Based on these arguments, the purpose of this study was to conduct a survey of free-living tick species in Curió Municipal Nature Park, examining their life stages and sex ratio throughout the sampling period. Because forest areas may differ from open habitats such as grasslands, in terms not only of vegetation type but also weather patterns (ARZUA, 2007; TACK et al., 2012), an analysis was also made of the abundances of species found as a function of micro- and mesoclimatic conditions.

Curió Municipal Nature Park (Curió Park) (22°33′ - 22°36′ S and 43°40′ - 43°43′ W) is a Full Protection Conservation Unit, located in the municipality of Paracambi, Rio de Janeiro state, Brazil. The park encompassing forest remnants with areas in stages of early, intermediate and late regeneration, and many watersheds providing water for human population.

The region's climate falls within the Aw macroclimate, according to the Köppen-Geiger climate classification (PEEL et al., 2007), being characterized by minimum temperature of approximately 18°C in the coldest month and minimum precipitation of less than 60 mm in the driest month of the year (KOTTEK et al., 2006). Mesoclimatic data on rainfall, temperature and relative humidity from January to October 2012 were provided by the Meteorological Station of the Environmental Monitoring Laboratory, Paracambi Institute of Technology (Figure 1). Microclimatic data on temperature and relative humidity were also obtained by means of a digital hygrometer placed at ground level, on the collection day and site, except in February. Samples were not collected on rainy days.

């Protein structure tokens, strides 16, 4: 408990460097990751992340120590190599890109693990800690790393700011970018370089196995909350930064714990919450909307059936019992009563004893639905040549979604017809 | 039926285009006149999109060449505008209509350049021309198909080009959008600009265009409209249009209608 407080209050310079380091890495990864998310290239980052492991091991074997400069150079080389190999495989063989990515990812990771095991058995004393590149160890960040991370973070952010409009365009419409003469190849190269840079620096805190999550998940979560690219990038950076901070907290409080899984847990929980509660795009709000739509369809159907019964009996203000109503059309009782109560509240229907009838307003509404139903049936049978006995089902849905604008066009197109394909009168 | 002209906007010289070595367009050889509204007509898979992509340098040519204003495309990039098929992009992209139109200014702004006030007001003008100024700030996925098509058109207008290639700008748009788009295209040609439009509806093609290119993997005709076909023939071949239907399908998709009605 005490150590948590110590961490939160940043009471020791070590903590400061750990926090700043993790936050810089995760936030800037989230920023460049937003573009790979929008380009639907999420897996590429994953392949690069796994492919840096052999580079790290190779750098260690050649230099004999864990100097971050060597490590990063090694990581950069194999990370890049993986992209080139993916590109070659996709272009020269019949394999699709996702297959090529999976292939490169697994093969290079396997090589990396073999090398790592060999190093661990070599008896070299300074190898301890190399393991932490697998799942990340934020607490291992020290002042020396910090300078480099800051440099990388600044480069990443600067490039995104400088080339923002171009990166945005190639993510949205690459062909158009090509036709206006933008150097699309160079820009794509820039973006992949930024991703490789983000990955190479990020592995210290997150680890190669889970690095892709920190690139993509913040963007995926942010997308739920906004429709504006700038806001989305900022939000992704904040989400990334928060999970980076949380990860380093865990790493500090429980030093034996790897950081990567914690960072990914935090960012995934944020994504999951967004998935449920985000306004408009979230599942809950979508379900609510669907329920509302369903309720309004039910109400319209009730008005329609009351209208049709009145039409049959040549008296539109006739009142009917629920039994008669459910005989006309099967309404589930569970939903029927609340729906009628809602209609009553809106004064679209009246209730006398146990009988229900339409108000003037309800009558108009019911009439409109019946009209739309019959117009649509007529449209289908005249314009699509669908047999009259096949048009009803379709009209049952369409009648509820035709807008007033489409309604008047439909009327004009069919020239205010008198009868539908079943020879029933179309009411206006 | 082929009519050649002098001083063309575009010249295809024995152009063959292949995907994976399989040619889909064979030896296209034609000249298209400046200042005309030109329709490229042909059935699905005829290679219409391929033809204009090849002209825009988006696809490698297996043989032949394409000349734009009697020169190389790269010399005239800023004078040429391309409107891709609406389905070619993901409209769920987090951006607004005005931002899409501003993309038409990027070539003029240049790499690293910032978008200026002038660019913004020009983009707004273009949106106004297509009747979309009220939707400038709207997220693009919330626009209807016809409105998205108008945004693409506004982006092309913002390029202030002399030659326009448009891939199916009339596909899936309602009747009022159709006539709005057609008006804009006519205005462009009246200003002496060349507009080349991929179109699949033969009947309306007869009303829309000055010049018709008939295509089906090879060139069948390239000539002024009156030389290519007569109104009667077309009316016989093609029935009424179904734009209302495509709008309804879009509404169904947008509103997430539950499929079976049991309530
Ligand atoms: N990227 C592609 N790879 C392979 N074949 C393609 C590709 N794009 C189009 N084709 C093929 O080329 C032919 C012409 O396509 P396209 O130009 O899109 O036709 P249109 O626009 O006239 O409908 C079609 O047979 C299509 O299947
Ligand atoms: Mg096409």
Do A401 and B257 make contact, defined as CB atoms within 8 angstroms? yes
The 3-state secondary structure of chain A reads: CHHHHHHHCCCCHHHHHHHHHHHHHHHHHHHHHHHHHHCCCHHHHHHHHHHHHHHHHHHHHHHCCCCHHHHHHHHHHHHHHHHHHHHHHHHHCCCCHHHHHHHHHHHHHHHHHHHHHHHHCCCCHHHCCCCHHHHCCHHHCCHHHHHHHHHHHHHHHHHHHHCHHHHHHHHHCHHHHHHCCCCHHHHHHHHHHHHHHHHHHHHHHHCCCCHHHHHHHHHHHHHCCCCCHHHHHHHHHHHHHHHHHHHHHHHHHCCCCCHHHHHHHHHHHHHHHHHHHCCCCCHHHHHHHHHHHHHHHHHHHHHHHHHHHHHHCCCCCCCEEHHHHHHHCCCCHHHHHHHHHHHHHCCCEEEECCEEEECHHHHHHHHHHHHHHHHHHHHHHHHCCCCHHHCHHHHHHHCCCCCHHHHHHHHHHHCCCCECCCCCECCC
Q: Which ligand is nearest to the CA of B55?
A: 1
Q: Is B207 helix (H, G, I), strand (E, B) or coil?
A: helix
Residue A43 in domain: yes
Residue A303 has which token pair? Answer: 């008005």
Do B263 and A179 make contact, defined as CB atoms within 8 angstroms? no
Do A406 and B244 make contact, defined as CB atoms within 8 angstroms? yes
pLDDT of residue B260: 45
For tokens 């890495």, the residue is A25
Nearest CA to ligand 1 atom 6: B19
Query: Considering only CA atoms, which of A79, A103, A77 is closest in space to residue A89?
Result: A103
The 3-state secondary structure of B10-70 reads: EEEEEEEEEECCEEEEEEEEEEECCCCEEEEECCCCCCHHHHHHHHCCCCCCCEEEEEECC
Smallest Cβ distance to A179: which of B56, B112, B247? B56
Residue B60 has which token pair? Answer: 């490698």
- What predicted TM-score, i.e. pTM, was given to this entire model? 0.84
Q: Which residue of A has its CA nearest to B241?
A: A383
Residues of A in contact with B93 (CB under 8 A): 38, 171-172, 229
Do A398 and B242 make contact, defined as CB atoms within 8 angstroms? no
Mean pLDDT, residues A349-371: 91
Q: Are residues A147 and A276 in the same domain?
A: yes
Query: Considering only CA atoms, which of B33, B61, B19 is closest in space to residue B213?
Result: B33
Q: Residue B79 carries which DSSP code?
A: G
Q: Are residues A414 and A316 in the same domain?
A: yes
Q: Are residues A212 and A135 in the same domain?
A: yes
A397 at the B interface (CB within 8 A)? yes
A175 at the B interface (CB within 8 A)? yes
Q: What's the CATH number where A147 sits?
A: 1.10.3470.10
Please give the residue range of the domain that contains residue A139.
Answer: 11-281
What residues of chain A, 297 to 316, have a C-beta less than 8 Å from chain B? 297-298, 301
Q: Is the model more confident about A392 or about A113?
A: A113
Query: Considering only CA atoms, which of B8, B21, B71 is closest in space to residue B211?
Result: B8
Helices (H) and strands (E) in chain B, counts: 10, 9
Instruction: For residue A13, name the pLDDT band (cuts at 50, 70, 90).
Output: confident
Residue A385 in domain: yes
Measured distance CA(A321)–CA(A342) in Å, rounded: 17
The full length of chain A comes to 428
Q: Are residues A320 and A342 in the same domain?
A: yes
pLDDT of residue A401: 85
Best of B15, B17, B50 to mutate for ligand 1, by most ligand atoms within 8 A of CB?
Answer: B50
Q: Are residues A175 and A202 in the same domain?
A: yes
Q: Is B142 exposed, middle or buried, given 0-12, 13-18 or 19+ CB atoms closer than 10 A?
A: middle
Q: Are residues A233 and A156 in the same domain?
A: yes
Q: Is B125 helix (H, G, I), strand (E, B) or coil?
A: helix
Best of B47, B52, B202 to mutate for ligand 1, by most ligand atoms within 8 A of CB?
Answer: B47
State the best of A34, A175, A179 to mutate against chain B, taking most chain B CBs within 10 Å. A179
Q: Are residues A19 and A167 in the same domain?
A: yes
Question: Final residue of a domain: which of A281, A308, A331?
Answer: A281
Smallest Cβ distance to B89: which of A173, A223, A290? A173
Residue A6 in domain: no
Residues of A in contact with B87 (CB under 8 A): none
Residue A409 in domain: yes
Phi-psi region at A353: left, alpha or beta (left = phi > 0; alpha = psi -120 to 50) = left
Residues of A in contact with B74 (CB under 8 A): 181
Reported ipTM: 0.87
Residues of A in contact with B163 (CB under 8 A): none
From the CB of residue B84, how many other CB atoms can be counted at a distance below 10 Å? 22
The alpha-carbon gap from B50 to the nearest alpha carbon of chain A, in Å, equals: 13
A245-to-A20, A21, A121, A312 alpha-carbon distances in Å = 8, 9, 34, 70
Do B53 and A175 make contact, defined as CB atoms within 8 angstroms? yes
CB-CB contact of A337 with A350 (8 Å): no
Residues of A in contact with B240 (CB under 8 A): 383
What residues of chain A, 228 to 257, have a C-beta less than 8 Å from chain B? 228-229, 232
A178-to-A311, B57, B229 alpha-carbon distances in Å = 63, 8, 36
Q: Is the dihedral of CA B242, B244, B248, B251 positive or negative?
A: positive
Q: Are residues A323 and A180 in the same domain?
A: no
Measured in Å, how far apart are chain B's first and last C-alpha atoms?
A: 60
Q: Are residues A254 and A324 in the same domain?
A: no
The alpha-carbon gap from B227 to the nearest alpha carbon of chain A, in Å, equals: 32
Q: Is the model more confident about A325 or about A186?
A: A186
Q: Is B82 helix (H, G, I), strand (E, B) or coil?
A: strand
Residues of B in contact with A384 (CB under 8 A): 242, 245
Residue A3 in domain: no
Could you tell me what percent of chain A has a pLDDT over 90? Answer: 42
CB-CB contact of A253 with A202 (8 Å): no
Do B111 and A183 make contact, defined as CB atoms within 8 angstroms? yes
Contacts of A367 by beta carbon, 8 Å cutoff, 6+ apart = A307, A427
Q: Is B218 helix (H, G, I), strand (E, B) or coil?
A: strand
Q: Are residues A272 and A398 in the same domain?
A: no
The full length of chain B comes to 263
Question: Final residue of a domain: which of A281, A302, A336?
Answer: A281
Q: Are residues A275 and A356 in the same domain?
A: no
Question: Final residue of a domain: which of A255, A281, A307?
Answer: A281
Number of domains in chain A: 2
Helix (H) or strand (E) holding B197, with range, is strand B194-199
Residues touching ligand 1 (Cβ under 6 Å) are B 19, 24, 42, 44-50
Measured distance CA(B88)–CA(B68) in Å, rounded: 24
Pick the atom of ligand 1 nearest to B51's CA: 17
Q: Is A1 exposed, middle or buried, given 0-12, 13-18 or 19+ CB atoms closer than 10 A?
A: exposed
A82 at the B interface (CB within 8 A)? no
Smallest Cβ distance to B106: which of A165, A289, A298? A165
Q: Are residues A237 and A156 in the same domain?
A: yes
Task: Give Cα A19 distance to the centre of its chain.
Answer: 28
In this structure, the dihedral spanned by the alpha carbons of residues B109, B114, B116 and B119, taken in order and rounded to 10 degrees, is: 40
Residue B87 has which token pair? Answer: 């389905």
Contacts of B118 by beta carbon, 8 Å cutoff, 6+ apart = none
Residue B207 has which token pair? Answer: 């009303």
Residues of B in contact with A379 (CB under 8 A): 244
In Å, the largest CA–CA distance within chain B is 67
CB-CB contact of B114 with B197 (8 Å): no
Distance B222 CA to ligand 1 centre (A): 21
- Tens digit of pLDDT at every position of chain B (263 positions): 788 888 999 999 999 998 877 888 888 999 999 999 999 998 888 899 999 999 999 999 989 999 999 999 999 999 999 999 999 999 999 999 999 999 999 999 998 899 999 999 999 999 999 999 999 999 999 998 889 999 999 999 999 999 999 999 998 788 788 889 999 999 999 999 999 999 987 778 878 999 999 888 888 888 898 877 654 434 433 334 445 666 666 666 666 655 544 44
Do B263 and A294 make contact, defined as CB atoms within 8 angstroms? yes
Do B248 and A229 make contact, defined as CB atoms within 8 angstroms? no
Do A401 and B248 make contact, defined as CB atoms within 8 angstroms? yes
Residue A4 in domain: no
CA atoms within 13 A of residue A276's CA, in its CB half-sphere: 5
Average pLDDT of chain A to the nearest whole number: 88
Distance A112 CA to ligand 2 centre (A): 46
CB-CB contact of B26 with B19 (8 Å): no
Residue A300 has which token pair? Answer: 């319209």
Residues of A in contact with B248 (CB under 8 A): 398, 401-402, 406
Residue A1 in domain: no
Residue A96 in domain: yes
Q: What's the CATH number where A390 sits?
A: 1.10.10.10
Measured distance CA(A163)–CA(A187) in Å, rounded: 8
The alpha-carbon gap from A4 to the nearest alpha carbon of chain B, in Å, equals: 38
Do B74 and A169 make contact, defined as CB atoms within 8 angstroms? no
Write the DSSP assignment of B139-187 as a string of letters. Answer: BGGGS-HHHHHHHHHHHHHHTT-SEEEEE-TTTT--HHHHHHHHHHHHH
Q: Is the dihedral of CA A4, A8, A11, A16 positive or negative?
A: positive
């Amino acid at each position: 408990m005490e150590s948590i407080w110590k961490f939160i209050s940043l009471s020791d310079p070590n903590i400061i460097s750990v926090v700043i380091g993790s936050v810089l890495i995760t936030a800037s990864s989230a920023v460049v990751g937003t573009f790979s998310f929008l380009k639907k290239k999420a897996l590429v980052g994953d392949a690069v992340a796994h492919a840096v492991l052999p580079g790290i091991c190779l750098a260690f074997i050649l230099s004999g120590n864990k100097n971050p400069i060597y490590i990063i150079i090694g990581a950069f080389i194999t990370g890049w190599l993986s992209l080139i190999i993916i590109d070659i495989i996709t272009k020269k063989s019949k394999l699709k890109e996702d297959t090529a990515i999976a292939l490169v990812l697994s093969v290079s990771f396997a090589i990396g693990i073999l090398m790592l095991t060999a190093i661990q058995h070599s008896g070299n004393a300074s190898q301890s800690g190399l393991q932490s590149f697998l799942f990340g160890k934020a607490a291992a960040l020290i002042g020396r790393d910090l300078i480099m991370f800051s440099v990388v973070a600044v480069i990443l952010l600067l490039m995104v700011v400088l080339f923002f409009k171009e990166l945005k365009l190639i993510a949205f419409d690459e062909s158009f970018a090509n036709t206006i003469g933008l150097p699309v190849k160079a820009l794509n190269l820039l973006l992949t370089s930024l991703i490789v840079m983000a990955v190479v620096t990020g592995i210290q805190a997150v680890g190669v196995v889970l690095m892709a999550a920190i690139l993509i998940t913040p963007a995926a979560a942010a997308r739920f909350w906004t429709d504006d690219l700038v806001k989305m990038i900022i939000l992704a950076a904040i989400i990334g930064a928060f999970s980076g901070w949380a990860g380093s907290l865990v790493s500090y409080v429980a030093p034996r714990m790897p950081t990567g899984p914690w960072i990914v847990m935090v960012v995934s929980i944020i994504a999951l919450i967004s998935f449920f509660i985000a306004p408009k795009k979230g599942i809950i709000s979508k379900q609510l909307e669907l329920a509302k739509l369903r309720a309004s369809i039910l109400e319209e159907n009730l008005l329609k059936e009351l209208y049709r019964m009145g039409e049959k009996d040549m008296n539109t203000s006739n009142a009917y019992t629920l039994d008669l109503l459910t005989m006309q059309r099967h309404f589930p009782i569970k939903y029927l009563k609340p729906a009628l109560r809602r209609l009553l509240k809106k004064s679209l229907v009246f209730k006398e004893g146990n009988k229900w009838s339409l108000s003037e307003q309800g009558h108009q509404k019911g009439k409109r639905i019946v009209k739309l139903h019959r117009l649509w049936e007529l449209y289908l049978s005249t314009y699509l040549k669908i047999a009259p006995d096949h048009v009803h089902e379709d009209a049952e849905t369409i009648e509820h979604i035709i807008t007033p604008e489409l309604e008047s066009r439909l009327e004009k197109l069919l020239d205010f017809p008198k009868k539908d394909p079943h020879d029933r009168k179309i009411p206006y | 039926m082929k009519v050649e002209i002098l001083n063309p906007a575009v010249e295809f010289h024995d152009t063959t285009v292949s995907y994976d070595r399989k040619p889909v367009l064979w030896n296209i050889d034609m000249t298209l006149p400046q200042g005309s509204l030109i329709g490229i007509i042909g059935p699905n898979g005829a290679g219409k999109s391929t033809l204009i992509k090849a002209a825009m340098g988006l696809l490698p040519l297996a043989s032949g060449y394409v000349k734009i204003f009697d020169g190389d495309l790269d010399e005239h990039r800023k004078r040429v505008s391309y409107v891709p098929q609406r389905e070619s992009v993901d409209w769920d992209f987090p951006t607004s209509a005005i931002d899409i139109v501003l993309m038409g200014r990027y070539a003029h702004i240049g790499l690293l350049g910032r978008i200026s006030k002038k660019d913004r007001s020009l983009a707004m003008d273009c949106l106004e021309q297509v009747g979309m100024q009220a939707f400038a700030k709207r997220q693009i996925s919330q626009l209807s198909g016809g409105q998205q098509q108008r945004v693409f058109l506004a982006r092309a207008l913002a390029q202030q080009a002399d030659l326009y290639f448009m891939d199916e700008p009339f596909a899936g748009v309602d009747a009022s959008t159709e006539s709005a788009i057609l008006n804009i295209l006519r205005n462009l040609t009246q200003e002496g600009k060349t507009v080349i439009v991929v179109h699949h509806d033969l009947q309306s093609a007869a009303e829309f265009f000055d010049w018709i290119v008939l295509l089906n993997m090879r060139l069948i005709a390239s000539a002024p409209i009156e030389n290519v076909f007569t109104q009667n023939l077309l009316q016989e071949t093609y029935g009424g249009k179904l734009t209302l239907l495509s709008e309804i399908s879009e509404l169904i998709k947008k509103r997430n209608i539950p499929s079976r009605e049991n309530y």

Figure 1. Variations in temperature, relative humidity and precipitation based on monthly averages for the period of Jan to Oct 2012, provided by the Meteorological Station of the Environmental Monitoring Laboratory of the Paracambi Institute of Technology. Average temperature and relative air humidity on the tick sampling day in Curió Municipal Nature Park, Paracambi, RJ, Brazil.